Masquerade Madness!

January 1, 1970 - to
Masquerade Madness!

Our 15th Annual Spring Gala has officially come and gone and, boy, was it a doozy. So many masks! And not only were there so many masks, but there were so many creative masks … and costumes! Many of you opted for handmade, and more than a few were quite elaborate. And that, frankly, is awesome. Thanks so much to those who attended and joined in the fun. The Gala was a roaring success both as a party and as a fundraiser. We appreciate the chance to throw such a great shindig and thank you, again, for your support of the Museum.

Below is a selection of photographs from the evening courtesy of our good friends at Milestones Photography. You can find more photos on the Milestones blogsite and tag-able photos on the Milestones Facebook page, and you can order prints from Milestones here.

Were you at the Gala? Tell us your thoughts in the comments.

Click the thumbnails to enlarge.

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Preliminary Reaction from the ‘You Like This’ Survey

January 1, 1970 - to
Preliminary Reaction from the ‘You Like This’ Survey

Phase one of the You Like This: A Democratic Approach to the Museum Collection, the initial survey, is well underway. As more votes come in, some trends in the results are being revealed, here’s a preview of the way things are looking so far:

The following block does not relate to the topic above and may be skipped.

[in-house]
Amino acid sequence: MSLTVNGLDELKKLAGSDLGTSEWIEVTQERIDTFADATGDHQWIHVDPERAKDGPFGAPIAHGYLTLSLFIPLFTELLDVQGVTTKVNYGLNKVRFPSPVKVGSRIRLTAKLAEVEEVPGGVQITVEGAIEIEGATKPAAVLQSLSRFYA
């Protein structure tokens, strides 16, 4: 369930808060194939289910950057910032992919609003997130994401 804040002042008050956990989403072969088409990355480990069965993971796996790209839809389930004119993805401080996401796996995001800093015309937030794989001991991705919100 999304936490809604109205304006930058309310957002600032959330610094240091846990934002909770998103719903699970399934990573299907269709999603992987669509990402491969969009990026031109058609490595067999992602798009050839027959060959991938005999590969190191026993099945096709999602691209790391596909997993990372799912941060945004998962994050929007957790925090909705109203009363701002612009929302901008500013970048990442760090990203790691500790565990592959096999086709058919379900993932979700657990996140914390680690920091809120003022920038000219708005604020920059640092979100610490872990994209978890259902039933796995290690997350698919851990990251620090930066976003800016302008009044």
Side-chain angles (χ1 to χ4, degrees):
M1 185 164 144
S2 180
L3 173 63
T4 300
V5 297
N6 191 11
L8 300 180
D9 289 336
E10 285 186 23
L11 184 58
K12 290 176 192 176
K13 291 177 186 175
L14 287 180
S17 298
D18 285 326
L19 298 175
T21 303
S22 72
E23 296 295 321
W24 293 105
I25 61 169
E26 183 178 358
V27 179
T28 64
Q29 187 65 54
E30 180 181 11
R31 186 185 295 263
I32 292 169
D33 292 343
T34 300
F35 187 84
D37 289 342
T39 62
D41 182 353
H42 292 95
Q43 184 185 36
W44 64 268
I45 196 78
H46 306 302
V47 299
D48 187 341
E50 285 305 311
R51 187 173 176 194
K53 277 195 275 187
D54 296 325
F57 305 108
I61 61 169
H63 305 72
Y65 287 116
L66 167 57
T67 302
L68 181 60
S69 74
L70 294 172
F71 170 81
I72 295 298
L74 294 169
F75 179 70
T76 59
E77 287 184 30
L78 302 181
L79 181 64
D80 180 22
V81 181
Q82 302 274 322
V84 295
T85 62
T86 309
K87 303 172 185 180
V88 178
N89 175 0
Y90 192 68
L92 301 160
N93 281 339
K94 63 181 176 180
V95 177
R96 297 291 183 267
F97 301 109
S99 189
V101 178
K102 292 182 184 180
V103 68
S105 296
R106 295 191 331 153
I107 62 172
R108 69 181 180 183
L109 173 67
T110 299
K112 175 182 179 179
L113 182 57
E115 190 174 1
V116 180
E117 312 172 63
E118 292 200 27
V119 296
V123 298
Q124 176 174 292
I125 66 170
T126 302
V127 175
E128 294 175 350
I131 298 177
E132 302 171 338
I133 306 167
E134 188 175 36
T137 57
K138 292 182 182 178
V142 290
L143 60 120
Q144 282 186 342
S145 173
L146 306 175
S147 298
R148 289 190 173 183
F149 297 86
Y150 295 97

• One thing is very clear—you are not interested in seeing historical toys or West African objects in this exhibition. Just under 40 percent of the votes say, “no way!”
  • The majority of voters prefer paintings and mixed media objects, but sculpture and photography are close behind within only a few votes
  • The majority of votes for mode of art are in modern and recent works, while the least popular vote is for still life
  • Over 60 percent of voters say they would like to focus on female artists in the exhibition, with a focus on local artists in second at 49 percent
  • Eleven percent of you said you would prefer not to see work focused on male artists

We’ve also had some insightful comments to consider:

  • You want to highlight local artists — focus on our community for our exhibition.
  • Numerous comments mentioned “domestic” works and folk art like quilting, pottery, homemade books and woodcarvings.
  • Many comments said you are excited to see works that are hidden away in the Museum vault and how interested you are to see more results from this process. We agree!

Don’t like what you see or want to solidify your favorites’ position? Keep voting! Remember, this is your exhibition of the Museum’s permanent collection. The survey will be live until June 1. After that, the advisory panel will meet for phase two of the exhibition process to analyze the votes and narrow down specific choices to vote on. Then, a final survey will be posted July 1 for the select pieces to be featured in the exhibition beginning October 6.

Thank you for your involvement so far. We are really pleased with the amount of voters participating. Your continued support is needed to make this exhibition a success!